EU helps repair dormitory in Kramatorsk to accommodate IDPs

95 IDPs living in Kramatorsk received new housing. An old municipal dormitory was reconstructed, and now it has 32 separate apartments. Financing for this project was provided by the European Union back in 2015. The reconstruction work was delayed, and in Sloviansk, it stopped altogether. The authorities admit that one dormitory would surely not solve the problem of housing for IDPs, and count on further help from abroad. Read more

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EU teaches displaced children to play football

In April-May, over 4,000 boys and girls from eastern and southern Ukraine played football, talked to police and psychologists. The EU’s Open Fun Football Schools project helps internally displaced persons to find friends in host communities. Learn how this was happening in Starobilsk, Luhansk region. Read more

EU and Ukraine changing lives in country’s east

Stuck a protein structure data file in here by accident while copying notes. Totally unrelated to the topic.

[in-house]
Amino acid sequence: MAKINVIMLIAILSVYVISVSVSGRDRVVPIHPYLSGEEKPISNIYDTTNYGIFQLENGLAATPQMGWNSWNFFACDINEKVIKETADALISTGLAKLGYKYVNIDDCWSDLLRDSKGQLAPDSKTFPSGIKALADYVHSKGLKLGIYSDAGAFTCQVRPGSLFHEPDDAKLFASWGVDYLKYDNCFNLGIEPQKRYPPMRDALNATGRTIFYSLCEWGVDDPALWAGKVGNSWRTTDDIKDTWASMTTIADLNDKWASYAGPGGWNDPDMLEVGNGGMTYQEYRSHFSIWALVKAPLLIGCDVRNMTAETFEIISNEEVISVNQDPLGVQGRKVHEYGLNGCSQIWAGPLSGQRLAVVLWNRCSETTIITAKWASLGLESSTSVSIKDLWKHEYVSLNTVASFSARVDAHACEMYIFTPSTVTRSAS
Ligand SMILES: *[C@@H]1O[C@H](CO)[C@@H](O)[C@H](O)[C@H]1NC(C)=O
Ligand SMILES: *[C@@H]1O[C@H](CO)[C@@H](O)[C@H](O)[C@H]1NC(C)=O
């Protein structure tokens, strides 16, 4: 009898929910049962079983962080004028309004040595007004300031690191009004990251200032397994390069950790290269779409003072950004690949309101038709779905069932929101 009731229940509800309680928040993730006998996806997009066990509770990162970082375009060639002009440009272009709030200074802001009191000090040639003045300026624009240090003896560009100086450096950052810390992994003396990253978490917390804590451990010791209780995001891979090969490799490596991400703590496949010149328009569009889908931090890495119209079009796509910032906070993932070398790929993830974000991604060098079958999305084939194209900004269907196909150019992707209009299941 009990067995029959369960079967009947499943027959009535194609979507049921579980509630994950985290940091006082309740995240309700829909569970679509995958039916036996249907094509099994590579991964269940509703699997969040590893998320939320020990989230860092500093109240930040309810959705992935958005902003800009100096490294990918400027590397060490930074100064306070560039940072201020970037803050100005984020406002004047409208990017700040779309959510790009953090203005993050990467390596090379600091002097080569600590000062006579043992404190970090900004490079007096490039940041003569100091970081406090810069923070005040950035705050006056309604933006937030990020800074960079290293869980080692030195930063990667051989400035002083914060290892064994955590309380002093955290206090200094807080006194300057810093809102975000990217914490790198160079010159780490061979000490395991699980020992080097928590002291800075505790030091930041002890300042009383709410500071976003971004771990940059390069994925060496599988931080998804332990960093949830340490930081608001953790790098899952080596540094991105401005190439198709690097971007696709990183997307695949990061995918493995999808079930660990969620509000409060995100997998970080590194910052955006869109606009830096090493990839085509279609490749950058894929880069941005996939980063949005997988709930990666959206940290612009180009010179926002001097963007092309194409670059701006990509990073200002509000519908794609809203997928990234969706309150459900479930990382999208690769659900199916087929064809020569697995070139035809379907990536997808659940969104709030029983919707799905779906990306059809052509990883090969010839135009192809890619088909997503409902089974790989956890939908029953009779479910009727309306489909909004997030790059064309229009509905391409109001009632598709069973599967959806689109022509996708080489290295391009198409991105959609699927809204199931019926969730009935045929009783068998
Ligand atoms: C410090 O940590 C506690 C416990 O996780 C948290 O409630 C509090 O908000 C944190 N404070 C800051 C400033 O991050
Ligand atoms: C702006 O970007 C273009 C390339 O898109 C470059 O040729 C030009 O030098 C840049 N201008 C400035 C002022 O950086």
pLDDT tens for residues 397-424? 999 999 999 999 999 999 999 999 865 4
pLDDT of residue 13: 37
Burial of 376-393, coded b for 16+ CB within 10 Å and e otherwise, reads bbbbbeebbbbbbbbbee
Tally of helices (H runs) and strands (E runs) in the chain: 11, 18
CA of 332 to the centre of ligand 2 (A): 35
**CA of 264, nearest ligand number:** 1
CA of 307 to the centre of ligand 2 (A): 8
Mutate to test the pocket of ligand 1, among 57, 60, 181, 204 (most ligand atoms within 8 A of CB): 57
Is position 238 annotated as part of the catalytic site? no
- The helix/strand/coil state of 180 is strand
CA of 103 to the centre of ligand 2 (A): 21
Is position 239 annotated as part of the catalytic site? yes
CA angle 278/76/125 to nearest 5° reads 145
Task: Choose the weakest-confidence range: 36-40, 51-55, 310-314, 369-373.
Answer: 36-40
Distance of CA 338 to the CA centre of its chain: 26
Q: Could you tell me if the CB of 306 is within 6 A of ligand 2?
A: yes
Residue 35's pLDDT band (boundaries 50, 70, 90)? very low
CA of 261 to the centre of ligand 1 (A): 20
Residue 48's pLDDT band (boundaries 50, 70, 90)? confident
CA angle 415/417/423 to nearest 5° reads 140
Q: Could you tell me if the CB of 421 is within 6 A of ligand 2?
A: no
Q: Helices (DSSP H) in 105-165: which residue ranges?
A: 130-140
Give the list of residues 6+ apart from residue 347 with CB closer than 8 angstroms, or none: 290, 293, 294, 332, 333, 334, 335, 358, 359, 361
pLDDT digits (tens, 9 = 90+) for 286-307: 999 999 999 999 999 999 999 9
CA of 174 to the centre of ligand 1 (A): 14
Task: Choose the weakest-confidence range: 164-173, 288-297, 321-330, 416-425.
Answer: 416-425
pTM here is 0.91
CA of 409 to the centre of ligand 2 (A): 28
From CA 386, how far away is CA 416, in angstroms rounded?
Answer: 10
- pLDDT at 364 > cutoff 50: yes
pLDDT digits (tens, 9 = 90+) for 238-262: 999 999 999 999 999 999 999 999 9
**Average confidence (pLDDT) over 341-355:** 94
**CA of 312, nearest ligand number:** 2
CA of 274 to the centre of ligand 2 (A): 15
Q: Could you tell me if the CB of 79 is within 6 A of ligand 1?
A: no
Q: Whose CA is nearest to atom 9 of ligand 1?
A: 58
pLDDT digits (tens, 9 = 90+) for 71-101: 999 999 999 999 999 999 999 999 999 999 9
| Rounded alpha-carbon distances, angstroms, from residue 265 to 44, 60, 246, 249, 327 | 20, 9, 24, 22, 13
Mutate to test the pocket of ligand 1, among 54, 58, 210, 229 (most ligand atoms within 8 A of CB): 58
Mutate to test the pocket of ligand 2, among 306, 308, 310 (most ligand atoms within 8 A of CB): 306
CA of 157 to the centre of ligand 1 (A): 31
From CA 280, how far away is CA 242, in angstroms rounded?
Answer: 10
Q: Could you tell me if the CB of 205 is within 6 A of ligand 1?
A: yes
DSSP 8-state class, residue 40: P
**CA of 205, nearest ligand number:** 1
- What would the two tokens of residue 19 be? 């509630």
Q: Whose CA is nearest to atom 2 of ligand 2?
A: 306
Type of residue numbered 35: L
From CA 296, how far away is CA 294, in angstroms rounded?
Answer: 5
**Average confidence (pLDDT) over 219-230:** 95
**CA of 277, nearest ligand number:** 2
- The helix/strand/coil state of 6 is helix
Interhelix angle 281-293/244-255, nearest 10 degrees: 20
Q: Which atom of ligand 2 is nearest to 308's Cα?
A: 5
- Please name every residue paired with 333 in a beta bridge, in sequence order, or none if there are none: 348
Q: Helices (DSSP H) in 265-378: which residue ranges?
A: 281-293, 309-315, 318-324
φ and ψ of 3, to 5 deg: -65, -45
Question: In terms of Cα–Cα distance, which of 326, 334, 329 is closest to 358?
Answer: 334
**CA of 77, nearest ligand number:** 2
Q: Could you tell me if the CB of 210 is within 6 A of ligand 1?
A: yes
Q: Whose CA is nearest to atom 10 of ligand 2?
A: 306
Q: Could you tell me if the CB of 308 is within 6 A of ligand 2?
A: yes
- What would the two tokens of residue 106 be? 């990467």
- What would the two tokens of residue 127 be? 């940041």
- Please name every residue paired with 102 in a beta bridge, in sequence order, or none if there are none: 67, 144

A conflict in the east was a blow to the whole Ukraine. Donetsk and Luhansk oblasts split into two parts. More than a million Ukrainians left the uncontrolled territory. First of all, they moved to the nearest cities, closer to their homes.  Internal migration became an impulse for the development of many small towns in Donetsk and Luhansk oblasts. The International Organization for Migration and the European Union provided 2,500 internally displaced persons with grants for business development as well as professional and technical assistance. Thousands of Ukrainians in the east of Ukraine received an opportunity to make their dreams come true. Read more

Collecting sparkles of real life and splicing them together: documentaries about displaced persons filmed in Ukraine

Hromadske TV and the Thomson Foundation have produced two documentaries about the lives of forcibly-displaced people from Donbas and Crimea. The documentaries were made within the framework of the “Regional Voices” project funded by the EU. Read more

Elderly volunteers monitor authorities and sew underwear for soldiers

Ukraine has expanded its volunteer movement in recent years from focusing mainly on aid to vulnerable groups, to support to Internally-Displaced Persons (IDPs) and the Ukrainian army. Volunteers are usually active young people aspiring to create positive changes. This stereotype vanishes with a visit to one of the centres run by the Ukrainian charity organisation, “Turbota pro Litnih v Ukraini” (TLU, Care for Elderly in Ukraine). Its youngest volunteer just turned 60! Read more